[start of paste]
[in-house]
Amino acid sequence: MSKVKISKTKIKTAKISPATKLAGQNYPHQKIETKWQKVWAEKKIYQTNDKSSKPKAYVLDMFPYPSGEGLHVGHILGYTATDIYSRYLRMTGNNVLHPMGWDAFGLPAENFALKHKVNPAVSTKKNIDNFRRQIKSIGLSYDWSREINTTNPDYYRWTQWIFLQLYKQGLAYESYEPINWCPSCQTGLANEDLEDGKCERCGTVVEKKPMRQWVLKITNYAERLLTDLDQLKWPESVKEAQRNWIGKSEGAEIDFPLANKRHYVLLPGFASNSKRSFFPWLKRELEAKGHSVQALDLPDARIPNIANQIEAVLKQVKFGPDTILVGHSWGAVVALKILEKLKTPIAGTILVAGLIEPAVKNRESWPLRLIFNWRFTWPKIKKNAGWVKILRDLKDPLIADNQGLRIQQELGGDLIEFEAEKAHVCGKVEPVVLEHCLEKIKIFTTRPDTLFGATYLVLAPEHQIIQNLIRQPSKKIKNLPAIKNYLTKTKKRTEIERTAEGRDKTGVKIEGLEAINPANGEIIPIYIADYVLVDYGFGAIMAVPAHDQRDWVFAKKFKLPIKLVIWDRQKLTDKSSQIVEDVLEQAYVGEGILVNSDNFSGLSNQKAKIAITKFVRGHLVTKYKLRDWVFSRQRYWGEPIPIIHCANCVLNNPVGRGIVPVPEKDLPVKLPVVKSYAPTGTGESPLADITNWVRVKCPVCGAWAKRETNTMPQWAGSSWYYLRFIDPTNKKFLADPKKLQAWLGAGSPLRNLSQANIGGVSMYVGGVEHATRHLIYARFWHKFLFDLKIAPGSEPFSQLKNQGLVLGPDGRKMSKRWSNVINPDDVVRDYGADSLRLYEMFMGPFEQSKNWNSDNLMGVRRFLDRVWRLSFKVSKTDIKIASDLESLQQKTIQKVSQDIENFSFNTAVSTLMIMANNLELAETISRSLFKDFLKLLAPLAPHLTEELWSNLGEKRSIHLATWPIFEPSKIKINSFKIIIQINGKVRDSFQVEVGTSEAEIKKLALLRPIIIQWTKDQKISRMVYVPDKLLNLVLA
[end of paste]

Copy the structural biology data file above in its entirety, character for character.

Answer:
[in-house]
Amino acid sequence: MSKVKISKTKIKTAKISPATKLAGQNYPHQKIETKWQKVWAEKKIYQTNDKSSKPKAYVLDMFPYPSGEGLHVGHILGYTATDIYSRYLRMTGNNVLHPMGWDAFGLPAENFALKHKVNPAVSTKKNIDNFRRQIKSIGLSYDWSREINTTNPDYYRWTQWIFLQLYKQGLAYESYEPINWCPSCQTGLANEDLEDGKCERCGTVVEKKPMRQWVLKITNYAERLLTDLDQLKWPESVKEAQRNWIGKSEGAEIDFPLANKRHYVLLPGFASNSKRSFFPWLKRELEAKGHSVQALDLPDARIPNIANQIEAVLKQVKFGPDTILVGHSWGAVVALKILEKLKTPIAGTILVAGLIEPAVKNRESWPLRLIFNWRFTWPKIKKNAGWVKILRDLKDPLIADNQGLRIQQELGGDLIEFEAEKAHVCGKVEPVVLEHCLEKIKIFTTRPDTLFGATYLVLAPEHQIIQNLIRQPSKKIKNLPAIKNYLTKTKKRTEIERTAEGRDKTGVKIEGLEAINPANGEIIPIYIADYVLVDYGFGAIMAVPAHDQRDWVFAKKFKLPIKLVIWDRQKLTDKSSQIVEDVLEQAYVGEGILVNSDNFSGLSNQKAKIAITKFVRGHLVTKYKLRDWVFSRQRYWGEPIPIIHCANCVLNNPVGRGIVPVPEKDLPVKLPVVKSYAPTGTGESPLADITNWVRVKCPVCGAWAKRETNTMPQWAGSSWYYLRFIDPTNKKFLADPKKLQAWLGAGSPLRNLSQANIGGVSMYVGGVEHATRHLIYARFWHKFLFDLKIAPGSEPFSQLKNQGLVLGPDGRKMSKRWSNVINPDDVVRDYGADSLRLYEMFMGPFEQSKNWNSDNLMGVRRFLDRVWRLSFKVSKTDIKIASDLESLQQKTIQKVSQDIENFSFNTAVSTLMIMANNLELAETISRSLFKDFLKLLAPLAPHLTEELWSNLGEKRSIHLATWPIFEPSKIKINSFKIIIQINGKVRDSFQVEVGTSEAEIKKLALLRPIIIQWTKDQKISRMVYVPDKLLNLVLA